Arata, a former
chemistry teacher and swim coach, is a board member of the Alliance of
Contra Costa Taxpayers, www.ACCTaxpayers.com.
College District: Dialing for Dollars
As the Times recently
Irresponsible front-loading by
community college administrators likely occurs because tax funding of
their operational budgets (and resultant salaries and benefits) is
ordinarily tied to enrollments — i.e., warm bodies, not academic
Indeed, the Contra Costa Community
College District proclaimed its No. 1 goal for 2005-07 is to “Achieve
Enrollment Growth to Better Serve Our Community.”
That’s cart before horse, of course.
So what they really mean is “…to
And that’s what
CCCCD’s buckrakers have done, despite declining enrollments. CCCCD
projects 27,930 “full-time-equivalent students”(FTES) for 2006-07 —
10% fewer than in 2003-04.
But total compensation is up 4.4%
for fewer employees, not counting a $15.6 Million “one-time
contribution,” obtained by “borrowing” FTES from one year to
another, to begin backfilling a $200 million black hole in bountiful but
unfunded retiree health benefits.
In an earlier scheme, exposed
eventually in a state investigation, the district padded attendance
figures with “concurrent enrollments” of hundreds of local high school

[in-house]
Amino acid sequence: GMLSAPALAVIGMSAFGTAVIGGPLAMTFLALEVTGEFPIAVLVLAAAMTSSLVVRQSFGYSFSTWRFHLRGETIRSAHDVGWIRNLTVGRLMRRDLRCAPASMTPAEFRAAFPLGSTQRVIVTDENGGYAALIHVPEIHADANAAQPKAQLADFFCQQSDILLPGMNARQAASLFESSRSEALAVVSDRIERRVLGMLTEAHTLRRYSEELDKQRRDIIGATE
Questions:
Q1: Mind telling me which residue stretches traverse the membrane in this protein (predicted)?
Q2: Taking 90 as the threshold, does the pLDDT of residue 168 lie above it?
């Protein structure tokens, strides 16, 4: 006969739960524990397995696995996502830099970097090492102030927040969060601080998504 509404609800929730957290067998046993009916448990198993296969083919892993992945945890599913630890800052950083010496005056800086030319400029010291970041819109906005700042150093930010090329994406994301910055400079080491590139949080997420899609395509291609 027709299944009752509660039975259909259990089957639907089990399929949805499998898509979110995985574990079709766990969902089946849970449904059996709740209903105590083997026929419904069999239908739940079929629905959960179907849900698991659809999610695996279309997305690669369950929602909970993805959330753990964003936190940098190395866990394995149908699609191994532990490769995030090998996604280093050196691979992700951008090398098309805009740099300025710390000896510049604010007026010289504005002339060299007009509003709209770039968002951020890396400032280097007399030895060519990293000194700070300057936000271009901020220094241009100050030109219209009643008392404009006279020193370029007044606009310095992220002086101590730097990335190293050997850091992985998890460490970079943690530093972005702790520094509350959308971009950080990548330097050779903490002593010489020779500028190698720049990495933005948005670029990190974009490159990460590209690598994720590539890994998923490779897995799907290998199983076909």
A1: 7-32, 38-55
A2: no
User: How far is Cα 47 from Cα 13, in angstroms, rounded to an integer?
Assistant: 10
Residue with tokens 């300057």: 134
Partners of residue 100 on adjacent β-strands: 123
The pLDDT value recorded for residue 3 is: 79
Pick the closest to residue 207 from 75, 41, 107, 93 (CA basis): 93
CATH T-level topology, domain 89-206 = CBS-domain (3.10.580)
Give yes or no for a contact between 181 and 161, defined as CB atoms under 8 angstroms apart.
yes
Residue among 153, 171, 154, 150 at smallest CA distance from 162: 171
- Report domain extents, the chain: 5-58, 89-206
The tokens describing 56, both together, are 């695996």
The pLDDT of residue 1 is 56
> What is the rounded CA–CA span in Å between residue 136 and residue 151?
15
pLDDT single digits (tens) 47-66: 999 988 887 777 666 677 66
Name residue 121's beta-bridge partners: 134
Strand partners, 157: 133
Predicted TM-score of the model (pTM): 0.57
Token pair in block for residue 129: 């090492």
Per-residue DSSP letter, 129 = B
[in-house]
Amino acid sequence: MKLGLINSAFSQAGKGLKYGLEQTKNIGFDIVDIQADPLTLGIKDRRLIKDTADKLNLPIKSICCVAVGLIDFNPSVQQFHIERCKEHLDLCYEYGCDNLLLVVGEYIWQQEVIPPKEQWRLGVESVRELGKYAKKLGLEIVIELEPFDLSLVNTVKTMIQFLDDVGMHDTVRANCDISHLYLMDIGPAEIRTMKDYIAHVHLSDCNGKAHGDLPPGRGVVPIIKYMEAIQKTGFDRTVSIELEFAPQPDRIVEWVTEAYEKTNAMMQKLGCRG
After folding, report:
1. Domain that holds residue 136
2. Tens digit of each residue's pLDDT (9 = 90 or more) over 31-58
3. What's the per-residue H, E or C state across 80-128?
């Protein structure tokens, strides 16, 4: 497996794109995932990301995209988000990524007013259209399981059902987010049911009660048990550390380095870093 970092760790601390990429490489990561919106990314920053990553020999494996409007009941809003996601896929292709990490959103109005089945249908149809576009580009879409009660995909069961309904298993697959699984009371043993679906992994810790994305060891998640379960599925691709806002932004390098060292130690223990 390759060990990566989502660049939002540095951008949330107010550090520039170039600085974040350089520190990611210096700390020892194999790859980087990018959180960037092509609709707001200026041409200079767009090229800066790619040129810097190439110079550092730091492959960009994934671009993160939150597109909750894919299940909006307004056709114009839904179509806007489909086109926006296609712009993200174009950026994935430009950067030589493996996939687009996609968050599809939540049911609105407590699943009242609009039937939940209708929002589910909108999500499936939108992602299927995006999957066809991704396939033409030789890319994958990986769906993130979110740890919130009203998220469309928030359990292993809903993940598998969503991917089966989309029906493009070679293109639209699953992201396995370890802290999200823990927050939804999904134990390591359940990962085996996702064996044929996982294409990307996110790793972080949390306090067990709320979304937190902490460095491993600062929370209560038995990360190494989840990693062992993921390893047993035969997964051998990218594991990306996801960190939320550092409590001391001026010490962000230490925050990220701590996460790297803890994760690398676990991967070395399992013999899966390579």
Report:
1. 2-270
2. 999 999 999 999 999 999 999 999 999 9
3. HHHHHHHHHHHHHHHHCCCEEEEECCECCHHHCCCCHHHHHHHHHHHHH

physical education students. And
as the Times reported last May, the district’s Regional
Training Institute “failed miserably,” and “lost millions.”
Meanwhile, buildings had fallen into
disrepair. But taxpayers
continued enriching a multi-layered superstructure of CCCCD presidents,
vice presidents, vice chancellors, directors....
Like other public-sector entities,
CCCCD sought to compensate for facility neglect by shifting maintenance
needs from its general fund budget — whence also come new salary and
benefit dollars — to bonds, which taxpayers repay, with interest.
District contractors and other
favored vendors typically finance such new-tax bond campaigns, a practice
which smells like shakedowns and kickbacks.
But in 1996, CCCCD administrators
themselves spent over $44,000 pushing that year’s bond measure, despite
my certified-mail warning to CCCCD’s Board that such tax-underwritten
campaigning is illegal.
The Fair Political Practices Commission later fined the district
$16,000 for failing to report political contributions it couldn’t
legally make in the first place.
The district lost that bond
campaign, and another in 2000, while enrollments trended downward but
salaries and benefits continued exceeding the combined effect of inflation
and (negative) enrollment growth.
Those included captive-audience
students, naturally. So
CCCCD officials produced handbill texts specific to each college campus,
advising students to “Vote Yes on Measure A.” The handbills were then
given to the student member of CCCCD’s Governing Board for campus
CCCCD Chancellor Helen Benjamin named a DVC professor and one-time district critic as her
“interim special assistant” — for a five-month term that coincided with the Measure A
drive and its immediate aftermath, and
paying $8,867 per month, before benefits.
The special assistant apparently spent much or most of his time promoting
public agencies, including local K-12 districts, BART, and the East Bay
Regional Park District, have become similarly cavalier in supporting their
tax campaigns with public resources. A
conscientious Grand Jury — or an intrepid District Attorney — could
perform a great public service by grounding these unscrupulous,
is a board member of the